Somewhere deep in the recesses of my childhood memories lies a certain night, by my estimation in December of 2006.

There I sat, next to my sister in the back of a midnight-blue Honda Odyssey. We drove down a winding path, and out the window I saw a such terrific display of electric festivity that my young eyes had nothing to compare it to.

Questions filled my mind. Where are we? What is happening? How are those lights moving? Where did this hot chocolate come from? Today, as a mustache-wearing adult, I have found the answer to all these questions, and more.

The lights I saw on that long-gone night were none other than those at Lake Julian, accessible via moderately priced tickets, and a 10 minute drive around the lake’s perimeter. On this starry road, one sees such stationary and animated light displays as glittering reindeer, blinking snowflakes, and neon Santa Claus, waving at us mortals.

Among the winter lights in Asheville, Lake Julian’s are some of the most kid-friendly, as they are viewed from within the warmth of one’s vehicle, and require no walking—the bane of children everywhere.

Tickets, Prices, Etc: Regular-sized cars and minivans can access the lights at the price of 10$ at the gates, or 8$ if purchased in advance at 20% of ticket sales are donated to the Buncombe County Special Olympics—yet another reason to view this excellent display.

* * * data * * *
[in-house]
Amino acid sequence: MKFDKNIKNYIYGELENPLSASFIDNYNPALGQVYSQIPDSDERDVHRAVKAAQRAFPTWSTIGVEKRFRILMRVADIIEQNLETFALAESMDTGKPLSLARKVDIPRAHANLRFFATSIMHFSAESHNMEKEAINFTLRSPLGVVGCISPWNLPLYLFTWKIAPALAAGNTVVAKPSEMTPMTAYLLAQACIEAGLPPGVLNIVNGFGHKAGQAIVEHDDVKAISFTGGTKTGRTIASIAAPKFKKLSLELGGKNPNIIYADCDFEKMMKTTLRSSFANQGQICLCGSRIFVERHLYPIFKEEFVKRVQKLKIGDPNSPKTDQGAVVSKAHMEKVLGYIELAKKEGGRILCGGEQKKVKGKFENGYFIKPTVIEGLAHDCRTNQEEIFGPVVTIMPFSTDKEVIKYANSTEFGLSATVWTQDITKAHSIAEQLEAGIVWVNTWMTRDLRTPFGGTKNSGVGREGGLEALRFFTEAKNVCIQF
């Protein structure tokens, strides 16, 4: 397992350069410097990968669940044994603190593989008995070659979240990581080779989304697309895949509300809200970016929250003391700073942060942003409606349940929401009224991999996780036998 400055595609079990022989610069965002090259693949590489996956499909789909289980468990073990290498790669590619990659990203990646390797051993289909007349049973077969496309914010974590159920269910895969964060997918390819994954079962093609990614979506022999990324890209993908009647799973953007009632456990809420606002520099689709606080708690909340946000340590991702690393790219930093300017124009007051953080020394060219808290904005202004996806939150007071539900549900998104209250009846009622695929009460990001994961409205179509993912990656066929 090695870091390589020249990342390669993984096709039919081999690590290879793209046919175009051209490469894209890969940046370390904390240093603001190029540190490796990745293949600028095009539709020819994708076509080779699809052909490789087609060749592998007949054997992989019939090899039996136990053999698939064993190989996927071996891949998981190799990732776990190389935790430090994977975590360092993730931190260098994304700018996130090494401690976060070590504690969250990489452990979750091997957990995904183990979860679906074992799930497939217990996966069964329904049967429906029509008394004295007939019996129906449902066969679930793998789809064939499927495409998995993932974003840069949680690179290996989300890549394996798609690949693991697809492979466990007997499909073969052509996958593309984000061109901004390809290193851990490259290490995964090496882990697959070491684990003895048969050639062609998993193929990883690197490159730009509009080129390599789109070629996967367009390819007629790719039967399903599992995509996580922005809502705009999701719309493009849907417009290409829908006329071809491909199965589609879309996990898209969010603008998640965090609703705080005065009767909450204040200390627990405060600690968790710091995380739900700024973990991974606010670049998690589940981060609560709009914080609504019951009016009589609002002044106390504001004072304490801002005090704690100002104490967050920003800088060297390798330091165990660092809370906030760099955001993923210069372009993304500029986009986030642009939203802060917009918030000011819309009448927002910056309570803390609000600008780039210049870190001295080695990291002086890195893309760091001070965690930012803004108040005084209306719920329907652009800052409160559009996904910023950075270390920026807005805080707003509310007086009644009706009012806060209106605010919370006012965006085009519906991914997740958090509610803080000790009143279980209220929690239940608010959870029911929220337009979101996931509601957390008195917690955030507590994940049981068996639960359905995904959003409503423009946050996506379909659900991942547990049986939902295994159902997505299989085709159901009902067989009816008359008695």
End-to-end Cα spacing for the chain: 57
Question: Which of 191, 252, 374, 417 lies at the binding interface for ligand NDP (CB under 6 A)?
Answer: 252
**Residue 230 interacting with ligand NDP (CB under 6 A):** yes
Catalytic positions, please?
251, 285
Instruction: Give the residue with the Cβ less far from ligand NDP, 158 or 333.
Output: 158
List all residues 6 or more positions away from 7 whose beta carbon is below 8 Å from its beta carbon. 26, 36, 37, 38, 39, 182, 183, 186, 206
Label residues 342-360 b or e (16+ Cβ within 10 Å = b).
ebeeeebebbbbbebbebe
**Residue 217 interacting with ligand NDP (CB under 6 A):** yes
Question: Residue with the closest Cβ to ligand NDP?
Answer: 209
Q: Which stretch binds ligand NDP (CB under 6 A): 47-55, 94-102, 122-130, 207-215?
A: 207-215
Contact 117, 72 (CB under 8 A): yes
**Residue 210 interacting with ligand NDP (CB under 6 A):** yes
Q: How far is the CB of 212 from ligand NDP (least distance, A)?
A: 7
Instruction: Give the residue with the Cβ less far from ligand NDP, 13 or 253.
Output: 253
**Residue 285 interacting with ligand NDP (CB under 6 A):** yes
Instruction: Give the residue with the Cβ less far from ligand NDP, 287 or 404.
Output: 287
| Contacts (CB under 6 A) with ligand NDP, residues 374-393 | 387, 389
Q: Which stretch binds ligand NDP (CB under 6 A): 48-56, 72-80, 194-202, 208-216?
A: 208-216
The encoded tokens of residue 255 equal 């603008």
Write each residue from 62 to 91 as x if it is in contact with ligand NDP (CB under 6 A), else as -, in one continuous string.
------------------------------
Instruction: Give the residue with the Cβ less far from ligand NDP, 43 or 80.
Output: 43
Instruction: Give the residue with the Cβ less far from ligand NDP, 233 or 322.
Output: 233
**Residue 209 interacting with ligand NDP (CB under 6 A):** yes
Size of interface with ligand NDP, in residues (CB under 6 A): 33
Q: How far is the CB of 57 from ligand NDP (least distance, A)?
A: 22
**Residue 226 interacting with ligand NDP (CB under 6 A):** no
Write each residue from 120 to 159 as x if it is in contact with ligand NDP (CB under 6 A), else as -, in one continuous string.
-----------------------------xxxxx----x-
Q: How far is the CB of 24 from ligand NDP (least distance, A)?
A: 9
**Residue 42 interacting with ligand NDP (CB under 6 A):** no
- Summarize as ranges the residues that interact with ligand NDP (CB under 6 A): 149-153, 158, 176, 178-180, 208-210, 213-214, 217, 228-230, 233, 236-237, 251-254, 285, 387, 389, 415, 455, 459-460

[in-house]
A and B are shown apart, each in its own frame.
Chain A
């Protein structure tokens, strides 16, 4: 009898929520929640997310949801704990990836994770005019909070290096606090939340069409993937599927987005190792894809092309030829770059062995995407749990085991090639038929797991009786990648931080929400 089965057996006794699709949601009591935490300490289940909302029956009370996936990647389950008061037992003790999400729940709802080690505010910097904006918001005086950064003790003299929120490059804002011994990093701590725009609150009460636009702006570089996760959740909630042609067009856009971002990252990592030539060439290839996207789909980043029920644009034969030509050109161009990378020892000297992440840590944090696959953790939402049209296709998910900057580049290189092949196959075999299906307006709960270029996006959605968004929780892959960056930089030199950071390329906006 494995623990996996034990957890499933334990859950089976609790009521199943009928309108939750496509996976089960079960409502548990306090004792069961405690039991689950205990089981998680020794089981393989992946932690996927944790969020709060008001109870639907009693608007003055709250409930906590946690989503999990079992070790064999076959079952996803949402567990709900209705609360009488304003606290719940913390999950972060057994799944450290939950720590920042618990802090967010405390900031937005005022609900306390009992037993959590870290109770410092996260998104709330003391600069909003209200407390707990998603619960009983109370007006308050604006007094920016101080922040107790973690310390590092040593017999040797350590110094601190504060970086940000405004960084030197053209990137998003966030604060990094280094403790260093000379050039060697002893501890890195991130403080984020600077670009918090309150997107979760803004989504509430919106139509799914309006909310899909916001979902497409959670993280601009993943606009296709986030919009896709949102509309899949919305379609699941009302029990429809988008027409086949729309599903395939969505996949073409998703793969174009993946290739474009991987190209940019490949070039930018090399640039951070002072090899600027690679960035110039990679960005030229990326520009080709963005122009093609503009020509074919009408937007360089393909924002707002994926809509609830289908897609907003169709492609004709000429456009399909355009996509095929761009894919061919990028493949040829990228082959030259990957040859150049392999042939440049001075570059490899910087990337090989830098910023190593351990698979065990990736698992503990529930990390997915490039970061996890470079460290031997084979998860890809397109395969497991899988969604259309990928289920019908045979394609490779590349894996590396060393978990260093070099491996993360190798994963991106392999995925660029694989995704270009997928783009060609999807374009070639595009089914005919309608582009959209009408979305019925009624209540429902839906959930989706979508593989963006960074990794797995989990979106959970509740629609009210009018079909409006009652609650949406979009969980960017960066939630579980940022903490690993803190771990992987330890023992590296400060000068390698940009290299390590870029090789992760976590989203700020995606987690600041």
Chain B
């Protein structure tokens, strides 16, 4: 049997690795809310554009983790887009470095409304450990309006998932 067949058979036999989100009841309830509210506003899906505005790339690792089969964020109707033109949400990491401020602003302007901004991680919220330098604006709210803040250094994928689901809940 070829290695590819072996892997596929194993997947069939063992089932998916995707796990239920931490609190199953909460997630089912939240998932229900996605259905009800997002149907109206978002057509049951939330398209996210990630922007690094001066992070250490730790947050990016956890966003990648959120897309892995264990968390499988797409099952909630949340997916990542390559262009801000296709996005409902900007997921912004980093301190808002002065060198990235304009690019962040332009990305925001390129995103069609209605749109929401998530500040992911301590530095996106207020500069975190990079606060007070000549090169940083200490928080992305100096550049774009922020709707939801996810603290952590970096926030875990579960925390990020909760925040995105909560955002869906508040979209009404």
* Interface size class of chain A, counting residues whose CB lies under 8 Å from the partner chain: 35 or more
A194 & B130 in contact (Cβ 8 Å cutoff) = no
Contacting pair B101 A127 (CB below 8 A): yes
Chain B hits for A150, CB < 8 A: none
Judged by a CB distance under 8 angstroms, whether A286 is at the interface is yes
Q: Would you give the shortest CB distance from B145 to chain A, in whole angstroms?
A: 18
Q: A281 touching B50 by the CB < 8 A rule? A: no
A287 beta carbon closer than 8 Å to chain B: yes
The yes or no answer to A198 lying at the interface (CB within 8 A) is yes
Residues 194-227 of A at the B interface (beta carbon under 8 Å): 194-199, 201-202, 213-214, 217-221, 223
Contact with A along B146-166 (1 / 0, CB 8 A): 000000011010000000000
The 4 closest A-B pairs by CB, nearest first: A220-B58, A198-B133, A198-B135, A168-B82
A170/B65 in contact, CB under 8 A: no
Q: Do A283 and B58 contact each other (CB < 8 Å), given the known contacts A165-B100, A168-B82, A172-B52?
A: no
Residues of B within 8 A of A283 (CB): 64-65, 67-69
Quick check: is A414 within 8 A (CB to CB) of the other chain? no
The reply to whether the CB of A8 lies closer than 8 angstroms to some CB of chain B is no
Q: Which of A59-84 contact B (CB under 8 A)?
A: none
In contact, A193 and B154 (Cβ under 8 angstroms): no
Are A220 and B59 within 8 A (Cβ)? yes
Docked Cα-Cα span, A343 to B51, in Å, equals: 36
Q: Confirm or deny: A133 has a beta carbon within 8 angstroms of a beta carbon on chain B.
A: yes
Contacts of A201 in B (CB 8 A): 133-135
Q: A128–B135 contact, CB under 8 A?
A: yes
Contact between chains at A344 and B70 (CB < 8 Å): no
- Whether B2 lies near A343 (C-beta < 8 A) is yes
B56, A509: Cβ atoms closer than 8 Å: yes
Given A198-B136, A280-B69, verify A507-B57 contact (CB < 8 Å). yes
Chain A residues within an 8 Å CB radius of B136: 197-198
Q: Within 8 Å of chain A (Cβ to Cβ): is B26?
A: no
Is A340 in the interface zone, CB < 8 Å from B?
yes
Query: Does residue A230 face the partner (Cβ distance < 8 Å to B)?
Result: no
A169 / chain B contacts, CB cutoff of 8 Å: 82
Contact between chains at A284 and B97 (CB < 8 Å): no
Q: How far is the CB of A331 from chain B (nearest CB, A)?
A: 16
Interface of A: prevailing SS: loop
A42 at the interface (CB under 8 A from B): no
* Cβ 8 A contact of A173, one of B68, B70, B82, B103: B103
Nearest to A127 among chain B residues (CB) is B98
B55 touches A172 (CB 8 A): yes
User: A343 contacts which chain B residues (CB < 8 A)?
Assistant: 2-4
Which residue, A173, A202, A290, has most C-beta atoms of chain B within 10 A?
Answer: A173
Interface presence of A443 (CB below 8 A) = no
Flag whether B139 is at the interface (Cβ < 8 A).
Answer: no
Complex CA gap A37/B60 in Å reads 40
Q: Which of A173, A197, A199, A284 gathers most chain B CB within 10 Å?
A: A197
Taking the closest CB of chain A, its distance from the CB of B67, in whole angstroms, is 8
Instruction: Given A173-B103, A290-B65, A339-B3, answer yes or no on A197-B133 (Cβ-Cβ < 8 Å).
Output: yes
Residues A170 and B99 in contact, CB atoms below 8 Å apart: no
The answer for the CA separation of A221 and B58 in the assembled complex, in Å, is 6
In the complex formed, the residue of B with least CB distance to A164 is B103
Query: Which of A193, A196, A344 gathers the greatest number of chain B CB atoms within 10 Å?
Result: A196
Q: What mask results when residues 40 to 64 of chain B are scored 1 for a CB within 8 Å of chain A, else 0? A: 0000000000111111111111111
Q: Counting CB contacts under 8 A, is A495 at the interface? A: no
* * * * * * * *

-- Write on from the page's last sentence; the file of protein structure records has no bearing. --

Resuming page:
The festival runs from December 3rd to 23rd, and is open from 6-9pm nightly. Finally, I suggest bringing hot chocolate with you—or if you’re the driver, perhaps a mocha.

3: Candlelight Christmas at The Biltmore House

As splendid as it is during the warmer months, through winter, Asheville’s palatial Biltmore House is illuminated by no less than 30,000 lights—some electric, some tallow, and some pouring out of fireplaces.

Alongside this stunning display stand over 60 decorated Christmas trees. With such staggering numbers, I can’t help but wonder at where one apprehends such a quantity of illumination. My current theory is a subterranean tunnel connecting the Biltmore House to the North Pole itself.

This would explain not only the décor, but the general holiday spirit.